Cover Story

Split decision

"Split decision" Continued...

Issue: "Playing with capitalism," May 23, 2009

But there was a glitch in the plan: Not every bank wanted the federal money, and some worried about shareholder reaction and the restrictions that would come with the TARP funds. Paulson pushed back, insisting the infusions were critical to stabilizing the economy. Bank leaders conceded. Testifying before the House Financial Services Committee about accepting the money, Lewis said: "At the urging of the U.S. government, Bank of America accepted TARP funds."

With the initial infusion of government cash, BofA leaders moved forward with plans to buy Merrill Lynch. The bank announced in October that then-Merrill Lynch CEO John Thain would become president of the combined company's global banking, securities, and wealth-management division when the sale was final.

As the two banks hammered out details, BofA shareholders met on Dec. 5 to approve the purchase. But a week later, Lewis considered backing out of the deal. His chief financial officer gave him sobering news: Merrill Lynch's projected losses for the fourth quarter would total some $12 billion. (The losses actually soared to over $15 billion.)

The next day, Lewis expressed his concerns to Paulson and Bernanke. What happened next isn't clear. But Lewis testified before New York's attorney general in February that the two men wanted him to do two things: proceed with the purchase and not tell shareholders about Merrill Lynch's losses. They offered another $20 billion in government aid and protection against $118 billion in troubled assets. Lewis accepted.

Lewis hasn't said he was directly ordered to stay quiet, but he has given a glimpse of the kind of pressure he faced from Bernanke and Paulson. Lewis described a phone conversation with Paulson when he told him he was considering killing the deal: "I can't recall if he said, 'We would remove the board and management if you called it [off]' or if he said, 'We would do it if you intended to.'"

When it came to keeping quiet about Merrill Lynch's losses before the sale was final, Lewis testified that Paulson and Bernanke were emphatic, saying disclosing the losses would "impose a big risk to the financial system" of the entire country. Lewis said Paulson told him: "We do not want a public disclosure."

An investigator questioning Lewis during the New York hearings about the Merrill Lynch losses asked: "Isn't that something that any shareholder at Bank of America . . . would want to know?" Lewis replied: "It wasn't up to me."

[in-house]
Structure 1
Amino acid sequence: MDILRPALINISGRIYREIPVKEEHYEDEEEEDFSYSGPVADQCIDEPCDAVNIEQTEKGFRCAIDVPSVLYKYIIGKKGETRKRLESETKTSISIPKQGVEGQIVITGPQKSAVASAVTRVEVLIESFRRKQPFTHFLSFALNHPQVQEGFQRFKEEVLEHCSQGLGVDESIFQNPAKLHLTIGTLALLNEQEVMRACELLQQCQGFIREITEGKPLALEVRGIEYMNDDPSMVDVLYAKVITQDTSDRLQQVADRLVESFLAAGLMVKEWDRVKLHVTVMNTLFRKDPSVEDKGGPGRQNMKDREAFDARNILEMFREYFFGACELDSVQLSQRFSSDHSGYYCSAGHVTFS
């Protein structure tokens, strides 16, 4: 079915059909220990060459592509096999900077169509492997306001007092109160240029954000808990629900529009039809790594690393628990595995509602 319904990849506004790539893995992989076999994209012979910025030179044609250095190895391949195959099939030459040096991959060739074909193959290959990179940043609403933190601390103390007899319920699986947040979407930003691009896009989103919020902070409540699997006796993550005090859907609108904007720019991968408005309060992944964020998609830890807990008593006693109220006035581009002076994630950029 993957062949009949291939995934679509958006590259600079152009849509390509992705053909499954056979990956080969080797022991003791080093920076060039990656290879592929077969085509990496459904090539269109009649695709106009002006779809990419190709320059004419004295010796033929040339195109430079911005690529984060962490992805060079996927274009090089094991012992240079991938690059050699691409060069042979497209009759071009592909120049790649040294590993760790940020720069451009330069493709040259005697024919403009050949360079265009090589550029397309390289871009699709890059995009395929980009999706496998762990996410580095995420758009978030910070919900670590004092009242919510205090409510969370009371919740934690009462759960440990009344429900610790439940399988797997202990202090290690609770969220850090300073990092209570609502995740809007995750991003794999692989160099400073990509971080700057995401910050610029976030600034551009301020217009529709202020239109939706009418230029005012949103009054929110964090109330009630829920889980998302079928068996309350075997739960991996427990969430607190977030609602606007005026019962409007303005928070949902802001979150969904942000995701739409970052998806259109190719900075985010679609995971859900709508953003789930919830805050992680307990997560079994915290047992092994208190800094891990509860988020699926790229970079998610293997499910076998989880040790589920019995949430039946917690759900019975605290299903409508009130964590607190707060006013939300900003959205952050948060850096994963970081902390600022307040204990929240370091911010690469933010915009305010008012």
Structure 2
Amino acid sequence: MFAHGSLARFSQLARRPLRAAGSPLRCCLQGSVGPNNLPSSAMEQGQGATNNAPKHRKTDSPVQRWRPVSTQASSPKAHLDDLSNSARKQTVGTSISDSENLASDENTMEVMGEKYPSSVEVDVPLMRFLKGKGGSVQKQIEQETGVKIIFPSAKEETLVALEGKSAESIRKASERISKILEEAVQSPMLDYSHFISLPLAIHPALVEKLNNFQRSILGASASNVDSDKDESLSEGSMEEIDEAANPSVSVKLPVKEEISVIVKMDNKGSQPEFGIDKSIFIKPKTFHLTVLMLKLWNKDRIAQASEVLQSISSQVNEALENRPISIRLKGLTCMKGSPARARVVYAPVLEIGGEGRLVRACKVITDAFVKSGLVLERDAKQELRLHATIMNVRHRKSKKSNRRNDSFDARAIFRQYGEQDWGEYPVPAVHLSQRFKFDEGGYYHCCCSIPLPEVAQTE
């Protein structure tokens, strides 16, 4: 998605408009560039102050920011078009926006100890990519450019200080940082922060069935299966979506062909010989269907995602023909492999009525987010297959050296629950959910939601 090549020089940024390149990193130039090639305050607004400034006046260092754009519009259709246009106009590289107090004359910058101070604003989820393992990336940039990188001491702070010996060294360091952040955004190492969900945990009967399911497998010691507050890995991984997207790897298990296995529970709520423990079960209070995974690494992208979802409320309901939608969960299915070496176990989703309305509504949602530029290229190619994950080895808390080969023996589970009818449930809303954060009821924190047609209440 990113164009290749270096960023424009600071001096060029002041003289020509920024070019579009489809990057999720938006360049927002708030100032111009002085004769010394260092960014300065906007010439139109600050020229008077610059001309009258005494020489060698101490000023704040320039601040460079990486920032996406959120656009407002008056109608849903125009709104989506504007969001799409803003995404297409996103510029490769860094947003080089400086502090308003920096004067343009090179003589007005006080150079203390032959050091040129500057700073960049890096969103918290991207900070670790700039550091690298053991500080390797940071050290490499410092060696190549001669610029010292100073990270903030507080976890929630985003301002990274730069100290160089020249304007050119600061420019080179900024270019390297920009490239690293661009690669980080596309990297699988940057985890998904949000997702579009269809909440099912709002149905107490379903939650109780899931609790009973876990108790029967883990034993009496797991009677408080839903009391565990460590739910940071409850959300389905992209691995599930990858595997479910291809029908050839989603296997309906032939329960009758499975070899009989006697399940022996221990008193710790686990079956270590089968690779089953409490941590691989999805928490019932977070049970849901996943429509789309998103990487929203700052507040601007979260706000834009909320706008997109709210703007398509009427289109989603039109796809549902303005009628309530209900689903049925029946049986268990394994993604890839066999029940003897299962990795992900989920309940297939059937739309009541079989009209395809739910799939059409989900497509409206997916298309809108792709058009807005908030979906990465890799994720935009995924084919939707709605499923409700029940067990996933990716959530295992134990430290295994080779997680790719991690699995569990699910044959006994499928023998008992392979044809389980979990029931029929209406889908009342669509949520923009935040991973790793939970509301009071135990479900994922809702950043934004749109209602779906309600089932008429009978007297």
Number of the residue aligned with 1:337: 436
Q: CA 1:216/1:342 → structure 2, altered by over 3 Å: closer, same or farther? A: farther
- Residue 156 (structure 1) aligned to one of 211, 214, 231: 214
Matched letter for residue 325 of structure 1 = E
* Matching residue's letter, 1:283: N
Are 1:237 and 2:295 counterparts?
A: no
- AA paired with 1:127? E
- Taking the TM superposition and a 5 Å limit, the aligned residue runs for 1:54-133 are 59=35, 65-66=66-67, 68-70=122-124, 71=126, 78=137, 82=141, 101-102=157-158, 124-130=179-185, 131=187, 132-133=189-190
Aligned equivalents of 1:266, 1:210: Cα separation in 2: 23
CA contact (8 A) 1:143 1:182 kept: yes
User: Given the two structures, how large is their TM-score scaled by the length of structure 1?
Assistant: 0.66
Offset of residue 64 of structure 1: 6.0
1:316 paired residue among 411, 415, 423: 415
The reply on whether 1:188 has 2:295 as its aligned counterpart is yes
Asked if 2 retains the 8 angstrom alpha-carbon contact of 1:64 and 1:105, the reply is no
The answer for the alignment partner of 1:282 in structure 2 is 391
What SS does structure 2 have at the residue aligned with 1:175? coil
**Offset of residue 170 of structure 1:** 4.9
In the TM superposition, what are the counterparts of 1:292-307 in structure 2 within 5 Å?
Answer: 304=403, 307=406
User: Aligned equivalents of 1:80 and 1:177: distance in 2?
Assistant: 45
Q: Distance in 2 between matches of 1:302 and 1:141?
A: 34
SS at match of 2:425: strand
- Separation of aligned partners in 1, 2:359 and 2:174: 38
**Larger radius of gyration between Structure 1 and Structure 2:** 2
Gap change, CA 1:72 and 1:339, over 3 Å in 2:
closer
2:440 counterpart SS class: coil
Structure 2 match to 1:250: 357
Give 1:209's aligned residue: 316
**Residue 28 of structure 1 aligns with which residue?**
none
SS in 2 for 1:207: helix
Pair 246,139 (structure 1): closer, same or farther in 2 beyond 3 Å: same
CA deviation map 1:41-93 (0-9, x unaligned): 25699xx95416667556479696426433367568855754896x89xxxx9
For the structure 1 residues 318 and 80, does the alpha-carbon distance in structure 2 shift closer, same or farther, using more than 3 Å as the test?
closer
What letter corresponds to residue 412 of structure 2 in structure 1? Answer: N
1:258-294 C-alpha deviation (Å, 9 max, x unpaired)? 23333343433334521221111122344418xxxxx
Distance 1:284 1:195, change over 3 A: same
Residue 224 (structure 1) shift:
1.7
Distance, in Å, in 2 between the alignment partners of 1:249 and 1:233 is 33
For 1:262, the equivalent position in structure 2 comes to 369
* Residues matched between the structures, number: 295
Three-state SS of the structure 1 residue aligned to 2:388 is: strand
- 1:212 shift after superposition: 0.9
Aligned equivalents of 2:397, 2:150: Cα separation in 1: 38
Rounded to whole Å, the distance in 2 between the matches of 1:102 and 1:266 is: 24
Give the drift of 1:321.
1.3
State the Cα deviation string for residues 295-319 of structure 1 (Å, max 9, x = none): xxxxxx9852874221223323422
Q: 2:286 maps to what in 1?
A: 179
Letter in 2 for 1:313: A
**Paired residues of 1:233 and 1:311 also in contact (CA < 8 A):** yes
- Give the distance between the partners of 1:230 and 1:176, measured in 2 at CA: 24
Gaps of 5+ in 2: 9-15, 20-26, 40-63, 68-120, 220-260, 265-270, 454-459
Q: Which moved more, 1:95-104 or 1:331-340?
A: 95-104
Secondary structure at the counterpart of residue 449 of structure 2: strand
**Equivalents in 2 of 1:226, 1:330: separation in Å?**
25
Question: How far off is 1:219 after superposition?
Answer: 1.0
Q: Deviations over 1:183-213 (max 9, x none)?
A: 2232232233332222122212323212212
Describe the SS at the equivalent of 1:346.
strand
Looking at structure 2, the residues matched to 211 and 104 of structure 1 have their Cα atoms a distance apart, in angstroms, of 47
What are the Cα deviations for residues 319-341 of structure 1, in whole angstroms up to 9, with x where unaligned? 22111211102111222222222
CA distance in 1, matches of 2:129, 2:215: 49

A spokeswoman for Paulson told The Wall Street Journal the secretary didn't believe Lewis could legally back out of the deal in December, and he wanted to safeguard the financial system. A spokeswoman for Bernanke said the chairman did not instruct anyone at BofA to withhold information about Merrill Lynch from the public.

At the shareholders
meeting in Charlotte, Lewis seemed eager to move past the Merrill Lynch controversy, and he even downplayed the role of Paulson and Bernanke, saying: "We made our decision independent of any threat." He also said the bank wasn't legally obligated to disclose its negotiations with the government.

Not everyone in the audience was satisfied. Though most shareholders gave Lewis a sustained round of applause when he entered the room, others lined up at microphones to tell the CEO how much money they had lost, and to ask why he didn't disclose information about Merrill Lynch. Gerald Abrams, a retired fisherman from Florida, asked: "Where was the due diligence?"

Lewis mostly listened stoically, standing behind a microphone for nearly four hours and offering few comments on difficult questions. But his patience broke with one shareholder who pressed hard for answers about Merrill Lynch. The CEO said he was limited in his ability to comment because of pending litigation, and he sharply told the shareholder: "If you want to know more, drop your lawsuit."

Lewis may not be able to avoid more questions about Merrill Lynch for long: Rep. Spencer Bachus, R-Ala., of the House Financial Services Committee said he would likely call hearings to investigate the role of the Treasury and Federal Reserve in the Merrill Lynch deal, and he may call Paulson, Bernanke, and Lewis to testify.

Shareholders also want answers about some $3.6 billion in bonuses Merrill Lynch paid to its employees before the sale to BofA closed in January. Both shareholders and taxpayers have expressed outrage over Merrill Lynch awarding the bonuses while the government poured in taxpayer funds.

BofA officials have said former Merrill Lynch CEO John Thain decided to pay the bonuses. (Lewis fired Thain in January, saying the BofA board was displeased with Merrill Lynch's fourth-quarter losses and blamed him.) BofA officials also said Thain decided alone to pay the multibillion-dollar bonuses. Thain bitterly rejects that notion, saying he consulted with BofA officials on bonus amounts. He also insists he was forthcoming about Merrill Lynch's losses and says his firing came as a surprise.


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